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Old 02-09-2009, 12:14 PM   #1
jpowell1
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Default 940 100A Alternator Swap in '82 240

I just want to throw this out there so it'll come up in a search for other people who do this. The info I found on this swap was kinda spotty, and I tried a number of searches.

I swapped a 100A Bosch alternator from a 940 into my '82 244. The 940 alternator came with the bracket to mount the alternator on the driver's side on the top of the engine. My alternator (55A! what is this, a Model T?) was on the passenger side on the bottom. I have a water-cooled T3, and then metal oil lines to an oil cooler for the turbo. (Leastaways I'm pretty sure that's what those are...)

Biggest Issue: The 100A alternator is a beast in comparison to the 55A. It would fit without bending the metal oil cooler lines, but I could not tilt it up enough to make the stock 36.5" belts fit over the alt. pulley. The 100A alternator kept hitting the exhaust heat shield and the wastegate actuator diaphragm housing when I tried to tilt it up. Since you have to lay it way more out to the side to make this work, it means everything is now too short. That means the stock belts are too short, the stock charging wire and battery light wire are too short, and the stock bracket is too short.

Belt Solution: I used a 38.5" belt. I couldn't quite get a 38" belt on there. Maybe if I tried harder I could, but meh. A 38.25" would have been perfect. It was a 15/32" cross section (11mm) by 38.5" length, labeled 15385 at the Zone or other parts stores. Make sure you get the same brand on both belts. I got two different brands (lots of stores only carry "one" of each) and the lengths are a little different, despite the identical labels. If one is shorter than the other, PUT THE SHORTER BELT ON THE PULLEY GROOVE CLOSEST TO THE ALTERNATOR BODY. Trust me. When these belts are tightened, then are very, very close to the lower alt. mount bracket, and the belt closest to the alt. body runs right over the top of it. That belt needs to be tight, so put your smallest belt there. The groove that's further from the alt. body puts that belt out away from the mount so it is not an issue there. But if you put the loose belt on the inside, it'll rub and then it's game over.

Small Wiring Solution: I was able to reuse the same ground wire ring terminal. Make sure to put an 8mm backup wrench on the nut closest to the body if the top nut doesn't wanna come off; you don't want to break that stud. I know some people have to change this, I did not. For the thin red wire (that goes to the battery light, I think), just cut a ~ 4" piece of thin wire, put a spade on one end, and then the female spade on the other end, and that'll extend the thin wire enough to go on the proper terminal of the alternator. Some people have mentioned that they had a ring terminal there, so you may have to modify this wiring a little. Bottom line is you'll need maybe 4" or so to make this thin wire long enough. If you are smart enough to change an alternator, you'll know what has to be done here.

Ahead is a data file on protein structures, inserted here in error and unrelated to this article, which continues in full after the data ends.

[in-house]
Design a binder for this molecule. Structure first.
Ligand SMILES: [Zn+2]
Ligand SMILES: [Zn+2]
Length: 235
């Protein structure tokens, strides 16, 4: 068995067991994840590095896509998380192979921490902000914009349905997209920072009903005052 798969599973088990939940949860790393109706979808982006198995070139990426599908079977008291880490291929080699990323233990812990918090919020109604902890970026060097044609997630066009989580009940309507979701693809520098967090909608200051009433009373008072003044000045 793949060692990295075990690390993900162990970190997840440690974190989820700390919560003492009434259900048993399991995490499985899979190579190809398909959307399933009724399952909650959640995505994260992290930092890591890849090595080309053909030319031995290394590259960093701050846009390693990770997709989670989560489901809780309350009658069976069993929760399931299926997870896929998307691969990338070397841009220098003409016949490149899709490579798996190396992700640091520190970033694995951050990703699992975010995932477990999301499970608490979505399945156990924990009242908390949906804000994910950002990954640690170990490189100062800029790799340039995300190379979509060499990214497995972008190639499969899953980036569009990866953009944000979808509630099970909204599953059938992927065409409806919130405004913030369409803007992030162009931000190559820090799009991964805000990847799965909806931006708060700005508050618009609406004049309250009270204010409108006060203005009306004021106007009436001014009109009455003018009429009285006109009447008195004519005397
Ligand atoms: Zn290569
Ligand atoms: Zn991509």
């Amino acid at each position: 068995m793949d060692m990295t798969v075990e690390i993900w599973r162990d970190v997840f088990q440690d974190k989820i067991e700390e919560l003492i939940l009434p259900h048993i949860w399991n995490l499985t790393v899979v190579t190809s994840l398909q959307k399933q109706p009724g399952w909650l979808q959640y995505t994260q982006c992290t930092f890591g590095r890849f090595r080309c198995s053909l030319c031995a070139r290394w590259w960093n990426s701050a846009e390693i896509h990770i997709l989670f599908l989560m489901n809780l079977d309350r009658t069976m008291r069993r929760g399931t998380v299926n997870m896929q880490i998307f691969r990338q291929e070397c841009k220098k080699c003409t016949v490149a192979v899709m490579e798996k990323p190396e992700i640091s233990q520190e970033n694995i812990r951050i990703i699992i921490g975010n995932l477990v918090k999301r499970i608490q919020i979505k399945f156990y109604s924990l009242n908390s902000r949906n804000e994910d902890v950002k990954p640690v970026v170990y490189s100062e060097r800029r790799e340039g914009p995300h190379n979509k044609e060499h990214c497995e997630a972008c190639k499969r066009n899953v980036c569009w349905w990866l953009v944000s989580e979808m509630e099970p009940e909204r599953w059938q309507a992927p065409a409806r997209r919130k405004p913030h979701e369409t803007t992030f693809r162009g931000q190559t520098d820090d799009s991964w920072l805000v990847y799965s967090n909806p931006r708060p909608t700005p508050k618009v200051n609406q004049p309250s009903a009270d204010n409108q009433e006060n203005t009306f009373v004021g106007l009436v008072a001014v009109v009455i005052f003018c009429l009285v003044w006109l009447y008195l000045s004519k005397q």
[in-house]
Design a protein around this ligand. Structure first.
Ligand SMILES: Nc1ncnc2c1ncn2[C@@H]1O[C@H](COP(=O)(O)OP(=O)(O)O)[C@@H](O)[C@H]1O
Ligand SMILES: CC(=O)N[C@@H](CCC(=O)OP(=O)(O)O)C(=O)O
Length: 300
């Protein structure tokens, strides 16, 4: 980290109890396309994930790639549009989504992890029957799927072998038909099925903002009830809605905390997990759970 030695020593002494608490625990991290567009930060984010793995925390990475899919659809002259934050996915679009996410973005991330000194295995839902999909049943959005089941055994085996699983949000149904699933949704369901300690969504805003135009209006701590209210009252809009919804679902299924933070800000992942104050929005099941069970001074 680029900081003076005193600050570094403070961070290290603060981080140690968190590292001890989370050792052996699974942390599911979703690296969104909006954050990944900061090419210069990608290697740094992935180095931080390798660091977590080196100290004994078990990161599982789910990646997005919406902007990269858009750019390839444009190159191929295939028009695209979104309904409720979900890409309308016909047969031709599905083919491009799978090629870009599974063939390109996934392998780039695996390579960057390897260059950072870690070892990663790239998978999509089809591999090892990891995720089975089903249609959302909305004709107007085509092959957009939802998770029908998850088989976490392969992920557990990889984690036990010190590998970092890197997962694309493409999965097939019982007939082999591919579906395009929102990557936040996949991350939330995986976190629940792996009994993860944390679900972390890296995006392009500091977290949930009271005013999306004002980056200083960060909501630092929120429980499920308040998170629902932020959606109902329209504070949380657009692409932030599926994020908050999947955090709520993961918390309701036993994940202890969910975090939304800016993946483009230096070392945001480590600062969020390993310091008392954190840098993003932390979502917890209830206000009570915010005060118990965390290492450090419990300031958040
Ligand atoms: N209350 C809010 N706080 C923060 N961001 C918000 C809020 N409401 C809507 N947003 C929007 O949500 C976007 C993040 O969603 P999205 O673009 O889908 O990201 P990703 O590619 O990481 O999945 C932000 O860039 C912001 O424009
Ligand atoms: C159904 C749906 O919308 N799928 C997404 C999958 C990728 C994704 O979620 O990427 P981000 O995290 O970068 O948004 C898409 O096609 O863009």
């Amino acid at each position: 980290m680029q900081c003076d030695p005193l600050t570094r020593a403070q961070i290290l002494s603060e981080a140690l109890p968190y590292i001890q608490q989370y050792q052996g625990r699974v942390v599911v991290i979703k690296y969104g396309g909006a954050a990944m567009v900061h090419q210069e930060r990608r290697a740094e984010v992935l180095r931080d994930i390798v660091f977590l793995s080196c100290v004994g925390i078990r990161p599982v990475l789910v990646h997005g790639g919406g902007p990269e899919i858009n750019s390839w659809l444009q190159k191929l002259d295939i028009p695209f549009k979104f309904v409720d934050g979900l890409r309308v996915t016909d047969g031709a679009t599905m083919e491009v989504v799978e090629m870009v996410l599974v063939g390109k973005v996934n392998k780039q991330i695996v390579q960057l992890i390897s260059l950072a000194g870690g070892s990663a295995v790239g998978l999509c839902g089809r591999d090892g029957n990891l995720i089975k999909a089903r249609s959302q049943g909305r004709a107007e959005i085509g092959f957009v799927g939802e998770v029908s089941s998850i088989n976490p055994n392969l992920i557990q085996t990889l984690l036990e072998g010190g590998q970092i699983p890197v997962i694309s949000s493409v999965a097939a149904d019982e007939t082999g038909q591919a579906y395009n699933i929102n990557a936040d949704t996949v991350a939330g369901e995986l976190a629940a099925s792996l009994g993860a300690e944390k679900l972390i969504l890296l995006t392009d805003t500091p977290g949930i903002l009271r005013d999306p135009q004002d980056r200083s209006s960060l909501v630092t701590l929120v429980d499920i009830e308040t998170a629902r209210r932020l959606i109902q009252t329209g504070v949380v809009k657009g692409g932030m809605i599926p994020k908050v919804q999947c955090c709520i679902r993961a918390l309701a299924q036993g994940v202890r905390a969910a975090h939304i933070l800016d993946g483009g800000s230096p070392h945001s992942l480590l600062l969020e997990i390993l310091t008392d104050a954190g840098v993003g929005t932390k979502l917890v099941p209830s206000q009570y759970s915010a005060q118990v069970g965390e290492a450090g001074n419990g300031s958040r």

Heavy Wiring Solution: This was sort of a PITA, but it got done. The stock charging wire will probably be TOO SHORT. Do not just try to hook it up and pull the wire taut. Electrical connectors .ne. mechanical connectors, so don't do that. You will need at least an inch or so extra. Mine was just BARELY short, but don't succumb to temptation here. My charging wire was 8ga. Do not use a smaller wire (higher gauge number). You will need something to splice in a longer piece of wire. You can use a lawnmower battery cable (6ga at the local Zone) and cut one end off, since it has a good ring terminal already factory crimped on one end. Just drill out the hole for 6mm (or 1/4" here) and then you need a way to connect the other end to the stock charging cable. I had a 6mm ring terminal on my stock charging wire. You can purchase heavy gauge connectors from a local electrical store that have a hole with a setscrew to attach to bare wire, and then they have another hole where you can bolt them to something. I used a 12mm long M6 bolt and double-nutted the original wire to that type of connector (with a lock washer, too), and then put two layers of heatshrink (big heatshrink!) around the whole joint. I used roughly 6" of wire. The other end just bolts right to the alternator then. The reason I made it longer was so the wire could just kind of float freely behind the alt. and not be stretched or rubbing against anything.

Bracket Solution: I levitated a 13mm wrench with the power of my swearing at 9pm when I realized the bracket was too short. Since you have to lay the alt. out so far, none of the stock brackets are gonna reach. I just took a spare bracket, cut the slotted part out, and bolted that to the stock old 240 upper alt. bracket so that I could extend the slotted part. I used two M8 bolts to bolt the "extension" on the existing bracket so it couldn't fold up under compression from the belt tension and then this all worked. You need to extend the slot in the bracket about 2" or so. Recycling another alt. bracket worked for this. As far as the order goes, the stock 240 alt. bracket is bolted onto the block, and then the extension piece is bolted on the *front* of that, I am pretty sure (towards the front of the car) and then the front face of the extension mates with the *back* of the upper alternator mount on the 100A 940 alternator. Since I recycled the stock bracket I could use the stock M8 carriage bolt and I only had to tighten one nut on the front to hold it all tight.

Conclusion: If you know this crap beforehand and round up these parts BEFORE starting, this job is easy. I spent at least 8-10 hours figuring out how to extend the wiring and the brackets, as well as figuring out exactly what size belt I liked. If you get the parts before you start, this shouldn't take more than a couple hours.

If you would like for me to sell you the parts to make this work, I can do that. ;) But you ought to be able to do this.